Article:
You know your hormones are out of whack and that you’re heading towards ‘that age’. You feel tired, low and just plain rubbish, and you want to know whether you just have to put up with it and if the only other choice is resorting to HRT.
Well, the good news is that there is another way! And I’m going to share with you the step-by-step approach I take with my clients to balance hormones naturally so you can sail through the perimenopausal years instead of struggling through them.
First, a bit of biochemistry for you!
Hormones are chemical messengers that travel via the bloodstream to our organs and tissues to regulate processes in our body, from our reproduction to controlling our mood, our sleep and stress levels as well as our ability to burn fat.
During the pre-menopausal years, the main sex hormones (oestrogen, progesterone and testosterone) fluctuate and decline and these are the main trouble causers! Other hormones that are affects are your melatonin, which controls your sleep, your stress hormones adrenaline and cortisol and your thyroid hormones, which helps to regulate your temperature and metabolsim. When one is out of sync, it has a knock on effect on the rest.
What Causes Hormonal Imbalances?
While your sex hormones do change and decline as we get older, other factors can make the difference between really suffering with the symptoms and going through it with relative ease.
Imbalances can be caused by a poor diet and lifestyle choices which lead to nutritional deficiencies and increased stress levels as well as impaired liver function (meaning excess hormones are not being excreted effectively and are circulating round the body) and xeno-estrogens found in processed foods, cosmetics and household cleaners.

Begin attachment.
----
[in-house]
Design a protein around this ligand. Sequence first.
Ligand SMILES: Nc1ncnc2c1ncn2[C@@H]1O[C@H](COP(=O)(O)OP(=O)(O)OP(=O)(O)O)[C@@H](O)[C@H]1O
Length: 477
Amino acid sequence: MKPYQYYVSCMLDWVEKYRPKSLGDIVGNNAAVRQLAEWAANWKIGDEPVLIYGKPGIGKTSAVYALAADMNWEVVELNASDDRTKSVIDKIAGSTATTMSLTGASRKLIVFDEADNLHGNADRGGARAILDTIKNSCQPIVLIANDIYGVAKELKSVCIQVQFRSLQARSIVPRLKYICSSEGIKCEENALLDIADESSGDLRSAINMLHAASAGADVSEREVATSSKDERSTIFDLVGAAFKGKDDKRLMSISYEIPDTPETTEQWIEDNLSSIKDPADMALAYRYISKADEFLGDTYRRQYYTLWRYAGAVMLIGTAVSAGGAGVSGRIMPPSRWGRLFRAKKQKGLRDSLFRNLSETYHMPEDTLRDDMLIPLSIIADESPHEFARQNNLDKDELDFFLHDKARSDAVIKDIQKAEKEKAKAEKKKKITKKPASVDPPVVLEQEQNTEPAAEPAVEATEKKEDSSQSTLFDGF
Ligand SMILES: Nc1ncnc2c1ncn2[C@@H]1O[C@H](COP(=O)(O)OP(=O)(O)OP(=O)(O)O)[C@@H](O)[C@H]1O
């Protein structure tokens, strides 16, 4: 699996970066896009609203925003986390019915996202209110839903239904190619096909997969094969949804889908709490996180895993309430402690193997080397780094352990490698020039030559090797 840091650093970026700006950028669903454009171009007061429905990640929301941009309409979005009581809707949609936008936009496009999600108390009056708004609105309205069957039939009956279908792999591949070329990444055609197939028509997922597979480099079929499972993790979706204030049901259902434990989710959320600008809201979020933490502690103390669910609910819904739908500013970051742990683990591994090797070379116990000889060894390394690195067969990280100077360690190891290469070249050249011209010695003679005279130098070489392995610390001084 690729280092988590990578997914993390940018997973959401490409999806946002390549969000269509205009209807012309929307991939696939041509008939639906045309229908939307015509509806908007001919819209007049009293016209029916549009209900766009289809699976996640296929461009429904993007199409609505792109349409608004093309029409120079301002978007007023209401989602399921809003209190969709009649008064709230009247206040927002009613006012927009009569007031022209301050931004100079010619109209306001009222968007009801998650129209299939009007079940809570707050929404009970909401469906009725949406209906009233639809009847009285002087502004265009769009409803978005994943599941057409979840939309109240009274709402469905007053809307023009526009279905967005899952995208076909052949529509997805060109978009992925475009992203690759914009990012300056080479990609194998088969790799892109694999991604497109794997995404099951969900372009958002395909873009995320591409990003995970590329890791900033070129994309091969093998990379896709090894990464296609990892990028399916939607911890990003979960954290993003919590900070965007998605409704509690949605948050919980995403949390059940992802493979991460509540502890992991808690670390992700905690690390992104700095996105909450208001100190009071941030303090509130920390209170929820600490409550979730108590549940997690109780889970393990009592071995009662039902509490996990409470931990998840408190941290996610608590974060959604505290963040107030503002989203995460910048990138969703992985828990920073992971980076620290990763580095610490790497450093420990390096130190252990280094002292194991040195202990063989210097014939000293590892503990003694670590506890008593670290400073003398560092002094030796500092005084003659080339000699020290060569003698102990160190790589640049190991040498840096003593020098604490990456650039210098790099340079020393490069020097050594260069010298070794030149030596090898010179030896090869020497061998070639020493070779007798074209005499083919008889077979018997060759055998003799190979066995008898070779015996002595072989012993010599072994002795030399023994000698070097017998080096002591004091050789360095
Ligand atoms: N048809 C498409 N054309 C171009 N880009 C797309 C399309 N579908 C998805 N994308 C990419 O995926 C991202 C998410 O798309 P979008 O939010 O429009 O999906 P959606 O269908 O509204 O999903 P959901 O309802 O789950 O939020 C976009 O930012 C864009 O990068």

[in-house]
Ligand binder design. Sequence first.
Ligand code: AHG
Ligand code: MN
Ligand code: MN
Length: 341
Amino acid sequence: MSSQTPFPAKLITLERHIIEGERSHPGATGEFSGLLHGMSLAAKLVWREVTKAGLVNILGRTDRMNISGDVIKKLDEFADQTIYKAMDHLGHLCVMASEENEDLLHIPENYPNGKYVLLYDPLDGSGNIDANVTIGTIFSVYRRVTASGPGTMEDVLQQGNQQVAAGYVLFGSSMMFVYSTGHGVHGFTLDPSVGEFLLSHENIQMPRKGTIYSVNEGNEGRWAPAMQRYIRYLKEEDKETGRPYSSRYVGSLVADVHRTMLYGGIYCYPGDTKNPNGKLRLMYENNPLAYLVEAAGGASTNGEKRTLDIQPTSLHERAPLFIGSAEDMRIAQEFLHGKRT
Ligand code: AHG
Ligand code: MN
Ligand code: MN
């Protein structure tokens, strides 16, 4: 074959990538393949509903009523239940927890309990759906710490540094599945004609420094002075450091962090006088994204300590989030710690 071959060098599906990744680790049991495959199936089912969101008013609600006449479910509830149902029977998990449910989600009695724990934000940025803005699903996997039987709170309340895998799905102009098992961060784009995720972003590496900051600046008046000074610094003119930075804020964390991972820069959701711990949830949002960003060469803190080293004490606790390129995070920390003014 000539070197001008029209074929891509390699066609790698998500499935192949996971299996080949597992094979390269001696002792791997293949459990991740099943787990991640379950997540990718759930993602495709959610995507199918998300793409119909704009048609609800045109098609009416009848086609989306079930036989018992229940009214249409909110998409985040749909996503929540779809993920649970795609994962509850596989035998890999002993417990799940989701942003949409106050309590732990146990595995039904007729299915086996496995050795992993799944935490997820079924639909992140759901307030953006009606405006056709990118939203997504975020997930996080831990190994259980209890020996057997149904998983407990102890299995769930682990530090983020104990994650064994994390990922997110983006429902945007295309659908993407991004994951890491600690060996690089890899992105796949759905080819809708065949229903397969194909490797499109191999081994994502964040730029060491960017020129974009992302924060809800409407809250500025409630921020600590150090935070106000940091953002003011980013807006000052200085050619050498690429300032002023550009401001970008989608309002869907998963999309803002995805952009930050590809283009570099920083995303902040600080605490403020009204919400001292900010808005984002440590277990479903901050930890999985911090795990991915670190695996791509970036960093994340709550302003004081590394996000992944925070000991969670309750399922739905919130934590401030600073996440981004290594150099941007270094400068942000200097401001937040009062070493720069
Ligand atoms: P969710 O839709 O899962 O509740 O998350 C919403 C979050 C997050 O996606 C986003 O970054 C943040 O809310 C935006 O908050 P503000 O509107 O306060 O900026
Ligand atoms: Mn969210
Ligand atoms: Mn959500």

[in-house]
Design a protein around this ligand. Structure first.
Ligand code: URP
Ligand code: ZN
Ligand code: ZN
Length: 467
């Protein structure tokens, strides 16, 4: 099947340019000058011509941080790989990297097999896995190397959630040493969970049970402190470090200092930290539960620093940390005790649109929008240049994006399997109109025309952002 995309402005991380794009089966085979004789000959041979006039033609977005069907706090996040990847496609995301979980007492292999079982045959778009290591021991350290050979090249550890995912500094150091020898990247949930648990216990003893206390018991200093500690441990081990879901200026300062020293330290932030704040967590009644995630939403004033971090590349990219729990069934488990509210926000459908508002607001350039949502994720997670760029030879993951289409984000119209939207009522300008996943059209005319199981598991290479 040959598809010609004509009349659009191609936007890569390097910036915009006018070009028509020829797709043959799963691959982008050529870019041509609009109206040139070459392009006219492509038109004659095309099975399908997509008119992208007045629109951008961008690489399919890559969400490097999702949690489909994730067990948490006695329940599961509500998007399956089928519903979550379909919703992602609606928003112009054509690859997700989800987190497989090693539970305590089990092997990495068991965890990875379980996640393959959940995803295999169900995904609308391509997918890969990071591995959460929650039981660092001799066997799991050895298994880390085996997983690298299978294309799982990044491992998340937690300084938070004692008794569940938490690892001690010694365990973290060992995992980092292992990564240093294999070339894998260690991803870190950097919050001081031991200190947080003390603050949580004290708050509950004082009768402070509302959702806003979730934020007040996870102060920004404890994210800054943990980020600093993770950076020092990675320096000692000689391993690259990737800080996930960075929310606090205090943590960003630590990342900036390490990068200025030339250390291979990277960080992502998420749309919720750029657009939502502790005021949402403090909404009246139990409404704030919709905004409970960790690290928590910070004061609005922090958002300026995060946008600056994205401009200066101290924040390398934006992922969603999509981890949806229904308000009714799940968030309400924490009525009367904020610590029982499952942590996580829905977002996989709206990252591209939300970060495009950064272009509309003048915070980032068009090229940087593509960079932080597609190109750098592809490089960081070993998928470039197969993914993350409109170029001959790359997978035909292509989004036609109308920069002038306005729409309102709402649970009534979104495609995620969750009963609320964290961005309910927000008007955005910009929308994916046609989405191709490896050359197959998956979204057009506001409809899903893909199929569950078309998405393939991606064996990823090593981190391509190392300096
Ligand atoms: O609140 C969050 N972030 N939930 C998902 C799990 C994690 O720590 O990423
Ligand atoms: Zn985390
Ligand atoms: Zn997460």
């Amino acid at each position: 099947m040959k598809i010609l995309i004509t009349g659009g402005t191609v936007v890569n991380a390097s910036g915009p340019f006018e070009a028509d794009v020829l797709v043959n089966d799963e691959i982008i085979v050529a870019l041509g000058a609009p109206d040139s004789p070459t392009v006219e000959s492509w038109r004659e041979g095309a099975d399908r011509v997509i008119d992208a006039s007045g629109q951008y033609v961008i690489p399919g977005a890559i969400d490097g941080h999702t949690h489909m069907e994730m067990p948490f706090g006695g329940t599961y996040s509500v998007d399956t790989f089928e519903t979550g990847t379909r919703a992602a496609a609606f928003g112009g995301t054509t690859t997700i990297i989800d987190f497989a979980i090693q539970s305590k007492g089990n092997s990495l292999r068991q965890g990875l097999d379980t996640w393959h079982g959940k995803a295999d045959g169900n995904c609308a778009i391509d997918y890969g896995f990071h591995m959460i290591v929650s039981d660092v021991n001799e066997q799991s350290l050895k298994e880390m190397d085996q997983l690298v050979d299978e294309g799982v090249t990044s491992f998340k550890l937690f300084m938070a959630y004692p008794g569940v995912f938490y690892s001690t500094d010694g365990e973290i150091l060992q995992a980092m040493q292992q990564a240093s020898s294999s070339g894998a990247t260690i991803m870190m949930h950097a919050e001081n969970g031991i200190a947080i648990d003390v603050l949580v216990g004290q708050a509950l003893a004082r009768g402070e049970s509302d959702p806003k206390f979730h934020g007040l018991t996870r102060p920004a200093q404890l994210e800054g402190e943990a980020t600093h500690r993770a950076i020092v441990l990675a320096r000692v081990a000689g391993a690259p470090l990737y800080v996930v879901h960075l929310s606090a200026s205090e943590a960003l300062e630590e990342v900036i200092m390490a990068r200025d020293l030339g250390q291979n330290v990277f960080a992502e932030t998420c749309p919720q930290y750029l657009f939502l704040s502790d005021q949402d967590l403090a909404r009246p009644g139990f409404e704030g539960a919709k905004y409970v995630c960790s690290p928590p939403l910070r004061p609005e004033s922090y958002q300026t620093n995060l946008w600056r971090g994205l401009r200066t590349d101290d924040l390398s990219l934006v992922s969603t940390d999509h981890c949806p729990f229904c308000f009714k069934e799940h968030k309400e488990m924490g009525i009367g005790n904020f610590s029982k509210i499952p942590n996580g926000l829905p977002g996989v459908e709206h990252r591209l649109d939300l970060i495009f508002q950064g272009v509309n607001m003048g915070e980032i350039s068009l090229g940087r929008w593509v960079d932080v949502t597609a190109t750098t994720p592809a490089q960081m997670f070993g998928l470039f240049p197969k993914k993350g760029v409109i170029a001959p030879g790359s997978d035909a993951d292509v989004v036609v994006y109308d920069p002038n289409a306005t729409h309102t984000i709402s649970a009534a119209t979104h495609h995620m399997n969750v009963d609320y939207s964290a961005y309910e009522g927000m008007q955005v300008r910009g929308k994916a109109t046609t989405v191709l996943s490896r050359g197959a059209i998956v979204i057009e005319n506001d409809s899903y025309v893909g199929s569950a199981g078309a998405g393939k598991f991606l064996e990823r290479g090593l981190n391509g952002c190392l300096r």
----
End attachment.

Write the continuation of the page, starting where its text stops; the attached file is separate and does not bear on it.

Symptoms vary from woman to woman but the most common ones include:
- Mood swings
- Hot flushes
- Poor sleep
- Sugar cravings
- Weight gain
- Brain fog
This is what you need to do to help minimise these symptoms (and save your sanity and possibly your relationships too!)
Step One – Find out what is going on for you personally
A trip to your GP will possibly give you some answers as to whether you are heading towards the dreaded menopause and this quiz created by Dr. Sara Gottfried can also help identify the cause of your imbalance, as your symptoms can be caused by several factors including oestrogen dominance, high cortisol, low testosterone, to name a few!
More in-depth private tests can also help you to get the full picture of what is happening for you, but these need to be referred by a qualified nutritionist or health practitioner.
Step Two – Balance your blood sugars
Fuelling your body and giving it food that helps keep your mood and energy levels consistent is integral to getting your hormones back on track. When your blood sugar levels spike, it can cause increased mood swings, energy dips throughout the day and cravings for sugar and caffeine. Follow these steps to help balance your blood sugars:
– Eat at least every 4 hours so your blood sugars don’t drop right down causing you to grab the nearest sugary snack to boost your energy levels, your body to send a surge of insulin and send things out of kilter.
– Eat protein with every meal and snack as this doesn’t affect your insulin levels and as your body takes longer to break it down and digest, keeps you fuller for longer
– Consume plenty of healthy fats which are integral for hormone balance and keeping your blood sugar levels consistent
– Reduce carbohydrates and ensure the ones you are eating are wholegrain and not refined white carbs which your body turns to sugar
Step Three – Eliminate foods that exacerbate symptoms
Certain foods can make the symptoms of the perimenopause worse. Sugar, transfats and highly processed foods all have an effect as well as any food intolerances that you may have.
If you suspect you may have a food intolerance, one way of pinpointing the ‘offending foods’ is an elimination diet. Removing things like gluten, dairy, wheat, sugar and eggs from your diet and monitoring how your body feels during this elimination, can help you identify which foods you need to steer clear from. They should be removed from your diet for a minimum of 2 weeks before reintroducing them one at a time every 48 hours and monitoring how you’re feeling with a food and symptom diary, to identify which foods you are reacting to.
Poor digestion can also make hormone imbalances worse, and if you are suffering with IBS type symptoms, a low immune system or skin issues, you may want to consider looking into a Gut healing protocol to improve your digestion and related issues.
Step Four – Correct Nutritional Deficiencies